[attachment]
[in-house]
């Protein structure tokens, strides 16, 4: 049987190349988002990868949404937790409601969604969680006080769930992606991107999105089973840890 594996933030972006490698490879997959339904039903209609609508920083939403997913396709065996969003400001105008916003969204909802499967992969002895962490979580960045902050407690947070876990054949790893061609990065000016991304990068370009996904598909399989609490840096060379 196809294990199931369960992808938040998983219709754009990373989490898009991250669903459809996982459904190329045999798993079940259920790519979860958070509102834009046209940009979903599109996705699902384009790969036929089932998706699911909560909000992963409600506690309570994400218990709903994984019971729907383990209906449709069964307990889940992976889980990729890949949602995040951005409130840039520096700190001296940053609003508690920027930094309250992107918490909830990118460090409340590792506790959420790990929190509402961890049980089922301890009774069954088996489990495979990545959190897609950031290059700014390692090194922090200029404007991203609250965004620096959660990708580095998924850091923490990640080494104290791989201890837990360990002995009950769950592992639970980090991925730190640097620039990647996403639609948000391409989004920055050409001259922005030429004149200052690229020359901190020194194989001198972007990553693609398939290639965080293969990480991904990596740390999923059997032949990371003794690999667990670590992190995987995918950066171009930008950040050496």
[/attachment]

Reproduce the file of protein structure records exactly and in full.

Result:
[in-house]
């Protein structure tokens, strides 16, 4: 049987190349988002990868949404937790409601969604969680006080769930992606991107999105089973840890 594996933030972006490698490879997959339904039903209609609508920083939403997913396709065996969003400001105008916003969204909802499967992969002895962490979580960045902050407690947070876990054949790893061609990065000016991304990068370009996904598909399989609490840096060379 196809294990199931369960992808938040998983219709754009990373989490898009991250669903459809996982459904190329045999798993079940259920790519979860958070509102834009046209940009979903599109996705699902384009790969036929089932998706699911909560909000992963409600506690309570994400218990709903994984019971729907383990209906449709069964307990889940992976889980990729890949949602995040951005409130840039520096700190001296940053609003508690920027930094309250992107918490909830990118460090409340590792506790959420790990929190509402961890049980089922301890009774069954088996489990495979990545959190897609950031290059700014390692090194922090200029404007991203609250965004620096959660990708580095998924850091923490990640080494104290791989201890837990360990002995009950769950592992639970980090991925730190640097620039990647996403639609948000391409989004920055050409001259922005030429004149200052690229020359901190020194194989001198972007990553693609398939290639965080293969990480991904990596740390999923059997032949990371003794690999667990670590992190995987995918950066171009930008950040050496």